16 April (1910): Edith Wharton to Morton Fullerton

Edith Wharton wrote the following letter to her lover, the American journalist W. Morton Fullerton. The two had met in the spring of 1907 at the house of Henry James, where Fullerton offered to help Wharton publish her French translation of The House of Mirth. They became engaged in a brief but intense affair, which Wharton—already married—made every effort to conceal. After Wharton returned to America from France in May 1908, Fullerton wrote her less and less frequently, before stopping altogether. When it became clear that Morton didn’t share Wharton’s desire, she asked for her letters back. Morton refused, later selling her profusions of love.



Don’t think I am “fâchee,” as you said yesterday; but I am sad & bewildered beyond words, & with all my other cares & bewilderments, I can’t go on like this!

When I went away I thought I shd perhaps hear once from you. But you wrote me every day—you wrote me as you used to three years ago! And you provoked me to answer in the same way, because I could not see for what other purpose you were writing. I thought you wanted me to write what was in my heart!

Then I come back, & not a word, not a sign. You know that here it is impossible to exchange two words, & you come here, & come without even letting me know, so that it was a mere accident that I was at home. You go away, & I seem not to exist for you. I don’t understand.

If I could lean on some feeling in you—a good & loyal friendship, if there’s nothing else!— then I could go on, bear things, write, & arrange my life…

Now, ballottée [tossed] perpetually between one illusion & another by your strange confused conduct of the last six months, I can’t any longer find a point de repère [landmark]. I don’t know what you want, or what I am! You write to me like a lover, you treat me like a casual acquaintance!

Which are you—what am I?

Casual acquaintance, no; but a friend, yes. I’ve always told you I foresaw that solution, & accepted it in advance. But a certain consistence of affection is a fundamental part of friendship. One must know á quoi s’en tenir [what to hold on to]. And just as I think we have reached that stage, you revert abruptly to the other relation, & assume that I have noticed no change in you, & that I have not suffered or wondered at it, but have carried on my life in serene insensibility until you chose to enter again suddenly into it.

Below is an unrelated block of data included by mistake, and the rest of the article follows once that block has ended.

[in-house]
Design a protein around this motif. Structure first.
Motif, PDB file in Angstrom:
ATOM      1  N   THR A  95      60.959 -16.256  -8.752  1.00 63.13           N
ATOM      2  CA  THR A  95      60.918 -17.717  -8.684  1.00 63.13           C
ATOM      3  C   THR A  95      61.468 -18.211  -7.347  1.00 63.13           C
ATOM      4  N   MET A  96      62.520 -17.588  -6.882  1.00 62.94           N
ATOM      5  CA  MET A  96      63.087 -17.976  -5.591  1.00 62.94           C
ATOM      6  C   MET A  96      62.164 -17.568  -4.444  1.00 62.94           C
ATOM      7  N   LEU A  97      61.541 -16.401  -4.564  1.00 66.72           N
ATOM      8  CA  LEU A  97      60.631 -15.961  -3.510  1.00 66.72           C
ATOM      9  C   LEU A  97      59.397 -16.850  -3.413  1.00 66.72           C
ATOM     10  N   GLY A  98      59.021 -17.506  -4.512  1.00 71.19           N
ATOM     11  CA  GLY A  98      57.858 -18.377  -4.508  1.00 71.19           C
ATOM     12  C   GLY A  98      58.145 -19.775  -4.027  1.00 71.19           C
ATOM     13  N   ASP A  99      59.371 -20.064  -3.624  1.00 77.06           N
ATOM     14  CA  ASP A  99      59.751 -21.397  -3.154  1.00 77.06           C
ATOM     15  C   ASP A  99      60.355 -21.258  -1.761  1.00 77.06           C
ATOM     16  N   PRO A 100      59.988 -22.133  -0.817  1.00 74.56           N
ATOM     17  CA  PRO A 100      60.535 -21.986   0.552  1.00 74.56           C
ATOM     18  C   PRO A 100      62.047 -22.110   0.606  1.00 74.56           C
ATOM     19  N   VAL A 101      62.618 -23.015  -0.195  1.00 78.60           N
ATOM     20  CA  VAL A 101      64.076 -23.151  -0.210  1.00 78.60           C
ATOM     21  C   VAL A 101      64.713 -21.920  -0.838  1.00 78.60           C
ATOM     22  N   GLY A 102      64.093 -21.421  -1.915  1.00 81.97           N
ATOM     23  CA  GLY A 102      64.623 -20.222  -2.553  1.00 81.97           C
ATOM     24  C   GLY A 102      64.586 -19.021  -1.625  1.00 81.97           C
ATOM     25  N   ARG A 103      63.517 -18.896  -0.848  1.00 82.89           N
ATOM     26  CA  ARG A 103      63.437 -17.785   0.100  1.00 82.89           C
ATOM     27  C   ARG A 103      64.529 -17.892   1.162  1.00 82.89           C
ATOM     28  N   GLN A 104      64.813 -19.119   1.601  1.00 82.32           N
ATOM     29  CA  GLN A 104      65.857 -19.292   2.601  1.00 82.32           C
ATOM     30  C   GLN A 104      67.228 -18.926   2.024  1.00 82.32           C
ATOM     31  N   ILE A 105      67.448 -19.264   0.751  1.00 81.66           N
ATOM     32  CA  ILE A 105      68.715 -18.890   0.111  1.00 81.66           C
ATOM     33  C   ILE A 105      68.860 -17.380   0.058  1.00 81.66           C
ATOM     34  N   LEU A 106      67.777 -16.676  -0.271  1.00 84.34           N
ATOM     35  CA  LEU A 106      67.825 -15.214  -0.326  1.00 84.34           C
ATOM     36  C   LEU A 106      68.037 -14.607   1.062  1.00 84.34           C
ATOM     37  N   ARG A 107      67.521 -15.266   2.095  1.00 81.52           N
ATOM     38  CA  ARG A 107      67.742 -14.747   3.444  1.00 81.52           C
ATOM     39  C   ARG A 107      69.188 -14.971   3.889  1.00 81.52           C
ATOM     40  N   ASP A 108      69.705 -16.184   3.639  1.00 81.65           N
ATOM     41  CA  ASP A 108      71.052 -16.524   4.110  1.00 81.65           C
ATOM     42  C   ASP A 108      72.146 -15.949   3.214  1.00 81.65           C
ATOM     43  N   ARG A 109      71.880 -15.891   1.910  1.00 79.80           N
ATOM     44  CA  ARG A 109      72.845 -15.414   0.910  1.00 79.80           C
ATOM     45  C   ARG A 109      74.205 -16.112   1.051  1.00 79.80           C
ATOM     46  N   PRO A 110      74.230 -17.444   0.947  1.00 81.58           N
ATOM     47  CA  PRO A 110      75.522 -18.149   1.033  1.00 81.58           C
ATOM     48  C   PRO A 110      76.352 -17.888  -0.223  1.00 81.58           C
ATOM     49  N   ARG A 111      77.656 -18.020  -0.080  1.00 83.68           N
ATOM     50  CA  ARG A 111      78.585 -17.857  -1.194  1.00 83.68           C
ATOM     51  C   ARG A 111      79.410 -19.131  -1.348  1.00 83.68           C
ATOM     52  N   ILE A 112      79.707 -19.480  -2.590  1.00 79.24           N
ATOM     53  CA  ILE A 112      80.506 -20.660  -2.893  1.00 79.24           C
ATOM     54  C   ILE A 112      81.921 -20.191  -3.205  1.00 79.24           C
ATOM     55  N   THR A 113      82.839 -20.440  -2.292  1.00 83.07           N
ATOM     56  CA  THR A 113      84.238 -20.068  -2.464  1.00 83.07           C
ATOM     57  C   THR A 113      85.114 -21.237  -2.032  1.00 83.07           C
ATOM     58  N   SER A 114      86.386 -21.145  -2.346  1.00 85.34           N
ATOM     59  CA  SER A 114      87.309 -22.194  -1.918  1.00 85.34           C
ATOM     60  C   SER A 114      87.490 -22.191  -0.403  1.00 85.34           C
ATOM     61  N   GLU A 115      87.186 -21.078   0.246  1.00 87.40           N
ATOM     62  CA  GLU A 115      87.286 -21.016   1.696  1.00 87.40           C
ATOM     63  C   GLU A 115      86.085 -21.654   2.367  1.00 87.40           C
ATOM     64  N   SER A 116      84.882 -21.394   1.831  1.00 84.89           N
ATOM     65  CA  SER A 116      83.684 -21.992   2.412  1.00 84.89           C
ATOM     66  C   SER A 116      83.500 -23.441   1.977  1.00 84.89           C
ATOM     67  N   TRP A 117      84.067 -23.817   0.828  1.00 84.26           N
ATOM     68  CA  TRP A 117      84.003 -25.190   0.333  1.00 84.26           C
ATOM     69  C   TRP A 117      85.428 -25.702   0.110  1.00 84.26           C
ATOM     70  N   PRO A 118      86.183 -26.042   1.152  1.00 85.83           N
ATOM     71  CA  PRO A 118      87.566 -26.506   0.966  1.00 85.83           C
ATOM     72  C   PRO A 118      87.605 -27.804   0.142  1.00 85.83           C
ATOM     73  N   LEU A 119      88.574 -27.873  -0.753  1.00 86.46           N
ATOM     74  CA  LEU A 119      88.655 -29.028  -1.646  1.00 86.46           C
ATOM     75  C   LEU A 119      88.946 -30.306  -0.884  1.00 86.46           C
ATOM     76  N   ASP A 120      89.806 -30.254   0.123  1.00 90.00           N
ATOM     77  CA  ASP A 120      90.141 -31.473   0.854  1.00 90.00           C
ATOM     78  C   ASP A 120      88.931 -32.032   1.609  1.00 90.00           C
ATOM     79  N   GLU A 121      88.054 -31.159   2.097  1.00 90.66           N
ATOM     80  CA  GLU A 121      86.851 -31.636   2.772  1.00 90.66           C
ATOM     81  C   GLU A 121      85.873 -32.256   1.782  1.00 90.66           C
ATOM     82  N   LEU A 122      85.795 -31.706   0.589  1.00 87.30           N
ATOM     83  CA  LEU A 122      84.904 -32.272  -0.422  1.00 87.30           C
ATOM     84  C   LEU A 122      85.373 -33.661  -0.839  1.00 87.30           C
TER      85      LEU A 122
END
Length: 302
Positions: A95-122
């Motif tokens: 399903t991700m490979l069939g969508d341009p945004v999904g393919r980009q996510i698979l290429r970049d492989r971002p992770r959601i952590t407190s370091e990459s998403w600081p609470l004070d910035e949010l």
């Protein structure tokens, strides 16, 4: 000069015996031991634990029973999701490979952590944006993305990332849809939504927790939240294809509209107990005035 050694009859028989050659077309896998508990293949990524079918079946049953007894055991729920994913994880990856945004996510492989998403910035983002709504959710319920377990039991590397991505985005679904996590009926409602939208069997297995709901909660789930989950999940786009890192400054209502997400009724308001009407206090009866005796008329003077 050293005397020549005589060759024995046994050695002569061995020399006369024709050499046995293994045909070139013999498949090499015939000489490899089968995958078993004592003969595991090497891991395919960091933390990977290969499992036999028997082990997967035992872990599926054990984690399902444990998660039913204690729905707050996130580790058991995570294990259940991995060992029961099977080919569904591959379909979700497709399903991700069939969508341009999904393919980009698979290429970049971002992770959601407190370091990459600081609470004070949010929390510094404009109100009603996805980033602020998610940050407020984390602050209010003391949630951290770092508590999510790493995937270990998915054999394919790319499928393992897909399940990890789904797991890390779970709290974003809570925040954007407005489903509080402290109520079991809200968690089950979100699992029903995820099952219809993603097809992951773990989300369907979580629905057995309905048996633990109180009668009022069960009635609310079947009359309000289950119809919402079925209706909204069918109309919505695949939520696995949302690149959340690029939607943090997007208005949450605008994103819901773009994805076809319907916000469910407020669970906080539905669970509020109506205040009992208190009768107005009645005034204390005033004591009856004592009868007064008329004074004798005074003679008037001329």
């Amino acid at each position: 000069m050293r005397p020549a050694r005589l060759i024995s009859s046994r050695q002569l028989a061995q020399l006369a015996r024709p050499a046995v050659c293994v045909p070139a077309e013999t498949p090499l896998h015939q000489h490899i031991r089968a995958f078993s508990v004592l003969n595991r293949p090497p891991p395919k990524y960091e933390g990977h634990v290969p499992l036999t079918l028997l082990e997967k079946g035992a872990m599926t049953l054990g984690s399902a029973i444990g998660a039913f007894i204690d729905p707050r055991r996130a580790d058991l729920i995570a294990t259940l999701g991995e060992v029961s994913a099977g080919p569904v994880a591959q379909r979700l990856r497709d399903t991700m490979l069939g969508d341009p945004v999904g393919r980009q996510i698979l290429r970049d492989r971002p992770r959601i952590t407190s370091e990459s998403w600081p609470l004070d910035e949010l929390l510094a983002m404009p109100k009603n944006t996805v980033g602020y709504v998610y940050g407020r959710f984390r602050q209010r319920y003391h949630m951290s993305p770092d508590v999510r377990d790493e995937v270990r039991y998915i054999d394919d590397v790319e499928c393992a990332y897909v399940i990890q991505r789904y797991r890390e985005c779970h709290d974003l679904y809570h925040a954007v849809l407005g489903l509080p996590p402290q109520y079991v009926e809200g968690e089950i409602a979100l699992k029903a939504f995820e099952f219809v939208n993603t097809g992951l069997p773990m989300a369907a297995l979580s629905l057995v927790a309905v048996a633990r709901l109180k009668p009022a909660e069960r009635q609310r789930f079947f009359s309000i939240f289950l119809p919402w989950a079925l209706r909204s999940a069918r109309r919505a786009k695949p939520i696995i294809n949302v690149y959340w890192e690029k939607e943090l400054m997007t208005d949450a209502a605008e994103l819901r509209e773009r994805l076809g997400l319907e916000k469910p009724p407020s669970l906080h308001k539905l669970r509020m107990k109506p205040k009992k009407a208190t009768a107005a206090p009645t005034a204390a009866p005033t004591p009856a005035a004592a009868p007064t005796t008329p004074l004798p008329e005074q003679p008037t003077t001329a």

I have borne all these inconsistencies & incoherences as long as I could, because I love you so much, & because I am so sorry for things in your life that are difficult & wearing—but I have never been capricious or exacting, I have never, I think, added to those difficulties, but have tried to lighten them for you by a frank & faithful friendship. Only now a sense of my worth, & a sense also that I can bear no more, makes me write this to you. Write me no more such letters as you sent me in England.

It is a cruel & capricious amusement. —It was not necessary to hurt me thus! I understand something of life, I judged you long ago, & I accepted you as you are, admiring all your gifts & your great charm, & seeking only to give you the kind of affection that should help you most, & lay the least claim on you in return. But one cannot have all one’s passionate tenderness demanded one day, & ignored the next, without reason or explanation, as it has pleased you to do since your enigmatic change in December. I have had a difficult year—but the pain within my pain, the last turn of the screw, has been the impossibility of knowing what you wanted of me, & what you felt for me—at a time when it seemed natural that, if you had any sincere feeling for me, you should see my need of an equable friendship—I don’t say love because that is not made to order!—but the kind of tried tenderness that old friends seek in each other in difficult moments of life. My life was better before I knew you. That is, for me, the sad conclusion of this sad year. And it is a bitter thing to say to the one being one has ever loved d’amour.

From Hell Hath No Fury: Women’s Letters From the End of the Affair. Edited by Anna Holmes. Carroll & Graf Publishers: New York. 2002 



On Edith Wharton’s relationship with Morton Fullerton.
history of Wharton’s evolution as a writer, and the effects this relationship had on her work.